On Existence and Uniqueness Verification for Non-Smooth Functions

On Existence and Uniqueness Verification for Non-Smooth Functions Given an approximate solution to a nonlinear system of equations at which the Jacobi matrix is nonsingular, and given that the Jacobi matrix is continuous in a region about this approximate solution, a small box can be constructed about the approximate solution in which interval Newton methods can verify existence and uniqueness of an actual solution. Recently, we have shown how to verify existence and uniqueness, up to multiplicity, for solutions at which the Jacobi matrix is singular. We do this by efficient computation of the topological index over a small box containing the approximate solution. Since the topological index is defined and computable when the Jacobi matrix is not even defined at the solution, one may speculate that efficient algorithms can be devised for verification in this case, too. In this note, however, we discuss, through examples, key techniques underlying our simplification of the calculations that cannot necessarily be used when the function is non-smooth. We also present those parts of the theory that are valid in the non-smooth case, and suggest when degree computations involving non-smooth functions may be practical. http://www.deepdyve.com/assets/images/DeepDyve-Logo-lg.png Reliable Computing Springer Journals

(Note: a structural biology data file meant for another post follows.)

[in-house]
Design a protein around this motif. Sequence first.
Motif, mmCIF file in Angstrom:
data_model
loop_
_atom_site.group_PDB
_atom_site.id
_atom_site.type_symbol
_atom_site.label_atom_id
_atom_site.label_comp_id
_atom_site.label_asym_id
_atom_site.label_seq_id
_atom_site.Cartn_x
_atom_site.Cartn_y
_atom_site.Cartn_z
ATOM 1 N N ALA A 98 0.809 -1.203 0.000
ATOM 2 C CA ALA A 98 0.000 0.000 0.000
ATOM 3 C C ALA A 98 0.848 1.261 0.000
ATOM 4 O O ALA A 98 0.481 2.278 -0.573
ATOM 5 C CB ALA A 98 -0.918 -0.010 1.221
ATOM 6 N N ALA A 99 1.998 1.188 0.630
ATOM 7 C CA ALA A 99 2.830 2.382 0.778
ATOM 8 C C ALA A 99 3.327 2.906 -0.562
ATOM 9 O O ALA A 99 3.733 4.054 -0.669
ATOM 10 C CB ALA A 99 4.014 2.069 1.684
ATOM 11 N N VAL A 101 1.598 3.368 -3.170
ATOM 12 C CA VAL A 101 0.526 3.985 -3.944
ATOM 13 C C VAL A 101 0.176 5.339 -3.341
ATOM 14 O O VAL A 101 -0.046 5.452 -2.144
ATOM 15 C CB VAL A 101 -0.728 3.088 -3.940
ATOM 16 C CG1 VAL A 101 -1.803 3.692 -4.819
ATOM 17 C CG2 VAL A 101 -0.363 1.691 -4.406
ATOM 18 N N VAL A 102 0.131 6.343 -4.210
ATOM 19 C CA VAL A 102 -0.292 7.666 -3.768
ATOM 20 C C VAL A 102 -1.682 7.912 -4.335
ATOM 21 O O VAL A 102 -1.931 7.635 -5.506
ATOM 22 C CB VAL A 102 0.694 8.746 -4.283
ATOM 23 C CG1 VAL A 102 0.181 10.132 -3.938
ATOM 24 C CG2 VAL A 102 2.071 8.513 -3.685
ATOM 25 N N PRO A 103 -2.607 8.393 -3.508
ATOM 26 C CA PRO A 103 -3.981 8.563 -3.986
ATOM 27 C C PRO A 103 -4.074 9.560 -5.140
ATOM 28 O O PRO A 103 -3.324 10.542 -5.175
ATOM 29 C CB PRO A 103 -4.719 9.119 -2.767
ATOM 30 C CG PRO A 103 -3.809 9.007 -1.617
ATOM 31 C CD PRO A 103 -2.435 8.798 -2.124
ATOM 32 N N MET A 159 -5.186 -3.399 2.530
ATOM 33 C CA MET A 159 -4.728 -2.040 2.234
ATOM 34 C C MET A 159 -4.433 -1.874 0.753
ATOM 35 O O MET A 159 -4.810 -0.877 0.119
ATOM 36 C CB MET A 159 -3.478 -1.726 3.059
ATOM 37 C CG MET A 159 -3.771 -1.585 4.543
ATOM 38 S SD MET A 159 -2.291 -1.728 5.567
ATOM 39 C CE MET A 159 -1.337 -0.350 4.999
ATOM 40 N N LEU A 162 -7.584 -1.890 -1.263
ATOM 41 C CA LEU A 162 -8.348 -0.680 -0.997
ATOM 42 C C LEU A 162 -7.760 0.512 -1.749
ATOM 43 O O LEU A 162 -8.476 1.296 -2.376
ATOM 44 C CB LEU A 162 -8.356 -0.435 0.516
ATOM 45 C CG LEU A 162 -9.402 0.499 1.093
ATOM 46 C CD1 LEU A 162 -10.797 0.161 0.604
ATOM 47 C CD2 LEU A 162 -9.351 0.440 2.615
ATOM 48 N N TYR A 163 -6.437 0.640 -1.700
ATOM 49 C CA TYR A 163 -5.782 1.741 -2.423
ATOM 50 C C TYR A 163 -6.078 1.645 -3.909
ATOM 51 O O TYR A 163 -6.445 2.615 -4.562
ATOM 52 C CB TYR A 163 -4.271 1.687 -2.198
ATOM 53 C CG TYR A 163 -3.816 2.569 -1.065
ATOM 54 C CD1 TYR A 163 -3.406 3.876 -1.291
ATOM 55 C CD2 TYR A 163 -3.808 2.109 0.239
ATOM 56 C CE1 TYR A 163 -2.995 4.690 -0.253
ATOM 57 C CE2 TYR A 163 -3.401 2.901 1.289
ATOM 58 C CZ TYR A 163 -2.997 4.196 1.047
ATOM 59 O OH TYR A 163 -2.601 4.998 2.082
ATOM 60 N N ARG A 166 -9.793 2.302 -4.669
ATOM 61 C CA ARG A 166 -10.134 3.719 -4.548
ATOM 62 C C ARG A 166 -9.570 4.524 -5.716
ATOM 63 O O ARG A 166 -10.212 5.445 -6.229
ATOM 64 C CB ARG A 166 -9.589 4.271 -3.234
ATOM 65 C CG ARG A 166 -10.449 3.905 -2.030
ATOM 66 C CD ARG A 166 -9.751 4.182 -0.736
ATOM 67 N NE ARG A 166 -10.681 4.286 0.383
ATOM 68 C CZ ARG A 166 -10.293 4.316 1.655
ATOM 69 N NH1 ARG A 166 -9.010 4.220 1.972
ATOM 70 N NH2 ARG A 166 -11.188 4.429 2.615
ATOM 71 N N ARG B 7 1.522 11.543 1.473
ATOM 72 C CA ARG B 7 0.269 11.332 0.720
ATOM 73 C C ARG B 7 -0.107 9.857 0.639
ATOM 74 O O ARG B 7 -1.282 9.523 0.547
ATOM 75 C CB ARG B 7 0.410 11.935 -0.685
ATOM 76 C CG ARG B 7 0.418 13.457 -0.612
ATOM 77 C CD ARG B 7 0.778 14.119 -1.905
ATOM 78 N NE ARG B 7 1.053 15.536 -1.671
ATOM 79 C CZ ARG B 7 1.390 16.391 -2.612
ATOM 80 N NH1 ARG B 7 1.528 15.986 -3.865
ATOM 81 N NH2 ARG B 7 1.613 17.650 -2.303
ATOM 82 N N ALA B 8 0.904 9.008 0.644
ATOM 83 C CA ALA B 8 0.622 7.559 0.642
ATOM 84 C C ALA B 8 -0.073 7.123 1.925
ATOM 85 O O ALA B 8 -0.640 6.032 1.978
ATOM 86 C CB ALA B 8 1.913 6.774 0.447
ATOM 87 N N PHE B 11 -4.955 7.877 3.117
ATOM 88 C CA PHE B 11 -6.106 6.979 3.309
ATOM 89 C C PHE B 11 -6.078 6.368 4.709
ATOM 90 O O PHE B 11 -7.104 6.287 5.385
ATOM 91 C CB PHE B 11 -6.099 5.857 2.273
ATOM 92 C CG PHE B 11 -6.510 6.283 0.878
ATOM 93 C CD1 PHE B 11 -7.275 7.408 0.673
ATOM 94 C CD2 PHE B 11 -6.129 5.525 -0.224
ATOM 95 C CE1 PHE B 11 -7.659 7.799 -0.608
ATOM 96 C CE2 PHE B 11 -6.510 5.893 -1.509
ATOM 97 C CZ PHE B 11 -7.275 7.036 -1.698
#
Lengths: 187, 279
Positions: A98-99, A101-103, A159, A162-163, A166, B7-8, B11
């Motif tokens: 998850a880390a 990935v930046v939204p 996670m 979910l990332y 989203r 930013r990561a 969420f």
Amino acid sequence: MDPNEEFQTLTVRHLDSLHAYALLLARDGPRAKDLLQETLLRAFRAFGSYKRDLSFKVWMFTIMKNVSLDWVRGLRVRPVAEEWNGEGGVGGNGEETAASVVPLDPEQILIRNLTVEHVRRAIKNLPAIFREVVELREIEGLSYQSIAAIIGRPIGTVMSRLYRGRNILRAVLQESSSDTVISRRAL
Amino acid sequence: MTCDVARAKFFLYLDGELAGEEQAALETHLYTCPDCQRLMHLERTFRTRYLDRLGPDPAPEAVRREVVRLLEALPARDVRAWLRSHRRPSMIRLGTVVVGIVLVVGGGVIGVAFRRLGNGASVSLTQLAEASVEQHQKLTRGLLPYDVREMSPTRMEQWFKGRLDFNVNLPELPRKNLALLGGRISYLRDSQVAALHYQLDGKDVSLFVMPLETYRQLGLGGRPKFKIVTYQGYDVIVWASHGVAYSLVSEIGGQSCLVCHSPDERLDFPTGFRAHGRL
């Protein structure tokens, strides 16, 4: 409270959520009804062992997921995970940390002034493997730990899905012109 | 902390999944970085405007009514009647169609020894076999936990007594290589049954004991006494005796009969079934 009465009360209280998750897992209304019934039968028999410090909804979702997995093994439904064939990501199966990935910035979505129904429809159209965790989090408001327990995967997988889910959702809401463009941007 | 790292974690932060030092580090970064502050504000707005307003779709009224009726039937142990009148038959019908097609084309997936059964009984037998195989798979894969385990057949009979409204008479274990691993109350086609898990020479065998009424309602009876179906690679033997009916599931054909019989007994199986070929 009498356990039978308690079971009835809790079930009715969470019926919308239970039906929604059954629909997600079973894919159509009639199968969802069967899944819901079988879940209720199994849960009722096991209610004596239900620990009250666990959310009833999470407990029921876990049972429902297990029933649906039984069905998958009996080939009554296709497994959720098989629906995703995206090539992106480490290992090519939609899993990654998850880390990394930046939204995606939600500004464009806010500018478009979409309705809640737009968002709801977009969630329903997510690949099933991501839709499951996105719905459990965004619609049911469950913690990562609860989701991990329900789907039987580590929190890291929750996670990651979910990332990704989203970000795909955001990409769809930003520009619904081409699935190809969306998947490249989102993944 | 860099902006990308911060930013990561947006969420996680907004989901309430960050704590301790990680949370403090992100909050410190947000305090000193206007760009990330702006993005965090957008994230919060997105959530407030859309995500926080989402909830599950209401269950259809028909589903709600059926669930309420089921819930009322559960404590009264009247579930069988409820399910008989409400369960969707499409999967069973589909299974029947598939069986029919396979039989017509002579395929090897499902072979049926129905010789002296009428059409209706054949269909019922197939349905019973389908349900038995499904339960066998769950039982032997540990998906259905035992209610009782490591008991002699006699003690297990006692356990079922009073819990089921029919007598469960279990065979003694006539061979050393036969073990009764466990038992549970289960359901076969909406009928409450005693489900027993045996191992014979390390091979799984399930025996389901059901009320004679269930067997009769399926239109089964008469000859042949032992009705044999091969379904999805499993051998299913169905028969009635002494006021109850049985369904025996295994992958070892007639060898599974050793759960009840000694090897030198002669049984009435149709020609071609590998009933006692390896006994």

On Existence and Uniqueness Verification for Non-Smooth Functions

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Publisher
Springer Journals
Copyright
Copyright © 2002 by Kluwer Academic Publishers
Subject
Mathematics; Numeric Computing; Approximations and Expansions; Computational Mathematics and Numerical Analysis; Mathematical Modeling and Industrial Mathematics
ISSN
1385-3139
eISSN
1573-1340
D.O.I.
10.1023/A:1016381031155
Publisher site
See Article on Publisher Site

Abstract

Given an approximate solution to a nonlinear system of equations at which the Jacobi matrix is nonsingular, and given that the Jacobi matrix is continuous in a region about this approximate solution, a small box can be constructed about the approximate solution in which interval Newton methods can verify existence and uniqueness of an actual solution. Recently, we have shown how to verify existence and uniqueness, up to multiplicity, for solutions at which the Jacobi matrix is singular. We do this by efficient computation of the topological index over a small box containing the approximate solution. Since the topological index is defined and computable when the Jacobi matrix is not even defined at the solution, one may speculate that efficient algorithms can be devised for verification in this case, too. In this note, however, we discuss, through examples, key techniques underlying our simplification of the calculations that cannot necessarily be used when the function is non-smooth. We also present those parts of the theory that are valid in the non-smooth case, and suggest when degree computations involving non-smooth functions may be practical.

Journal

Reliable ComputingSpringer Journals

Published: Oct 13, 2004

References

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